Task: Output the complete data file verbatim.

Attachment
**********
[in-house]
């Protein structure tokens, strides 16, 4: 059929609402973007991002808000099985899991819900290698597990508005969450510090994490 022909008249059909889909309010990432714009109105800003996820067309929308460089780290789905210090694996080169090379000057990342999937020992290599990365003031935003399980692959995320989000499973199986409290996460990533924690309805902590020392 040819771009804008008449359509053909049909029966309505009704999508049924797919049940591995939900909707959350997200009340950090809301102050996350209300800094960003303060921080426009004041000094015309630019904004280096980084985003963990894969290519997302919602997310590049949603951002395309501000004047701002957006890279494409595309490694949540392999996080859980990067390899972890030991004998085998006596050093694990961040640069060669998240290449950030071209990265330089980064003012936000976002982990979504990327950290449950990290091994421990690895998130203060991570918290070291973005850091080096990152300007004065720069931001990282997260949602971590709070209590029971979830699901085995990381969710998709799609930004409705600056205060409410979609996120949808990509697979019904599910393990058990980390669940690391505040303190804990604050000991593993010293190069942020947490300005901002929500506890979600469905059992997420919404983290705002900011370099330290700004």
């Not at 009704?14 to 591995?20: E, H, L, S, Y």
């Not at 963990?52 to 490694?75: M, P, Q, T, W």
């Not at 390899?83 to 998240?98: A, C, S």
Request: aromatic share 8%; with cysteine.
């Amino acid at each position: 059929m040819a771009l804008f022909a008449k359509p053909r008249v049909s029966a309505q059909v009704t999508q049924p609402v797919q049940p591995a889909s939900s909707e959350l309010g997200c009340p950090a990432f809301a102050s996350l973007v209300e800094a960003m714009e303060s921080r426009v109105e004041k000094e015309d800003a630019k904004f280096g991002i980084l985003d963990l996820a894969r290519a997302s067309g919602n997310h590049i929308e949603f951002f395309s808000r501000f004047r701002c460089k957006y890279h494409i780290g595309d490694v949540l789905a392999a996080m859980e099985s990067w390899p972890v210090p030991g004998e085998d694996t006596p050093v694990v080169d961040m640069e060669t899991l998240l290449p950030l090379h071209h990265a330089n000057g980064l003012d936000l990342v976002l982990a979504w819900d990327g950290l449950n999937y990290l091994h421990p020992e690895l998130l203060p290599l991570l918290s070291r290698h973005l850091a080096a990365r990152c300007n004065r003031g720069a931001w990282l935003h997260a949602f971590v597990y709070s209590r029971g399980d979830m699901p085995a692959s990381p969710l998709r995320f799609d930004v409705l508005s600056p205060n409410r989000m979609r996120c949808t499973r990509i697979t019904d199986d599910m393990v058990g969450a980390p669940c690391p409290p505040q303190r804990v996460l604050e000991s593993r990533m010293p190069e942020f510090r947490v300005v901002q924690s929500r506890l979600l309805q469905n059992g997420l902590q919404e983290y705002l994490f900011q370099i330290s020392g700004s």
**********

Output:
[in-house]
């Protein structure tokens, strides 16, 4: 059929609402973007991002808000099985899991819900290698597990508005969450510090994490 022909008249059909889909309010990432714009109105800003996820067309929308460089780290789905210090694996080169090379000057990342999937020992290599990365003031935003399980692959995320989000499973199986409290996460990533924690309805902590020392 040819771009804008008449359509053909049909029966309505009704999508049924797919049940591995939900909707959350997200009340950090809301102050996350209300800094960003303060921080426009004041000094015309630019904004280096980084985003963990894969290519997302919602997310590049949603951002395309501000004047701002957006890279494409595309490694949540392999996080859980990067390899972890030991004998085998006596050093694990961040640069060669998240290449950030071209990265330089980064003012936000976002982990979504990327950290449950990290091994421990690895998130203060991570918290070291973005850091080096990152300007004065720069931001990282997260949602971590709070209590029971979830699901085995990381969710998709799609930004409705600056205060409410979609996120949808990509697979019904599910393990058990980390669940690391505040303190804990604050000991593993010293190069942020947490300005901002929500506890979600469905059992997420919404983290705002900011370099330290700004």
């Not at 009704?14 to 591995?20: E, H, L, S, Y």
């Not at 963990?52 to 490694?75: M, P, Q, T, W």
């Not at 390899?83 to 998240?98: A, C, S």
Request: aromatic share 8%; with cysteine.
């Amino acid at each position: 059929m040819a771009l804008f022909a008449k359509p053909r008249v049909s029966a309505q059909v009704t999508q049924p609402v797919q049940p591995a889909s939900s909707e959350l309010g997200c009340p950090a990432f809301a102050s996350l973007v209300e800094a960003m714009e303060s921080r426009v109105e004041k000094e015309d800003a630019k904004f280096g991002i980084l985003d963990l996820a894969r290519a997302s067309g919602n997310h590049i929308e949603f951002f395309s808000r501000f004047r701002c460089k957006y890279h494409i780290g595309d490694v949540l789905a392999a996080m859980e099985s990067w390899p972890v210090p030991g004998e085998d694996t006596p050093v694990v080169d961040m640069e060669t899991l998240l290449p950030l090379h071209h990265a330089n000057g980064l003012d936000l990342v976002l982990a979504w819900d990327g950290l449950n999937y990290l091994h421990p020992e690895l998130l203060p290599l991570l918290s070291r290698h973005l850091a080096a990365r990152c300007n004065r003031g720069a931001w990282l935003h997260a949602f971590v597990y709070s209590r029971g399980d979830m699901p085995a692959s990381p969710l998709r995320f799609d930004v409705l508005s600056p205060n409410r989000m979609r996120c949808t499973r990509i697979t019904d199986d599910m393990v058990g969450a980390p669940c690391p409290p505040q303190r804990v996460l604050e000991s593993r990533m010293p190069e942020f510090r947490v300005v901002q924690s929500r506890l979600l309805q469905n059992g997420l902590q919404e983290y705002l994490f900011q370099i330290s020392g700004s």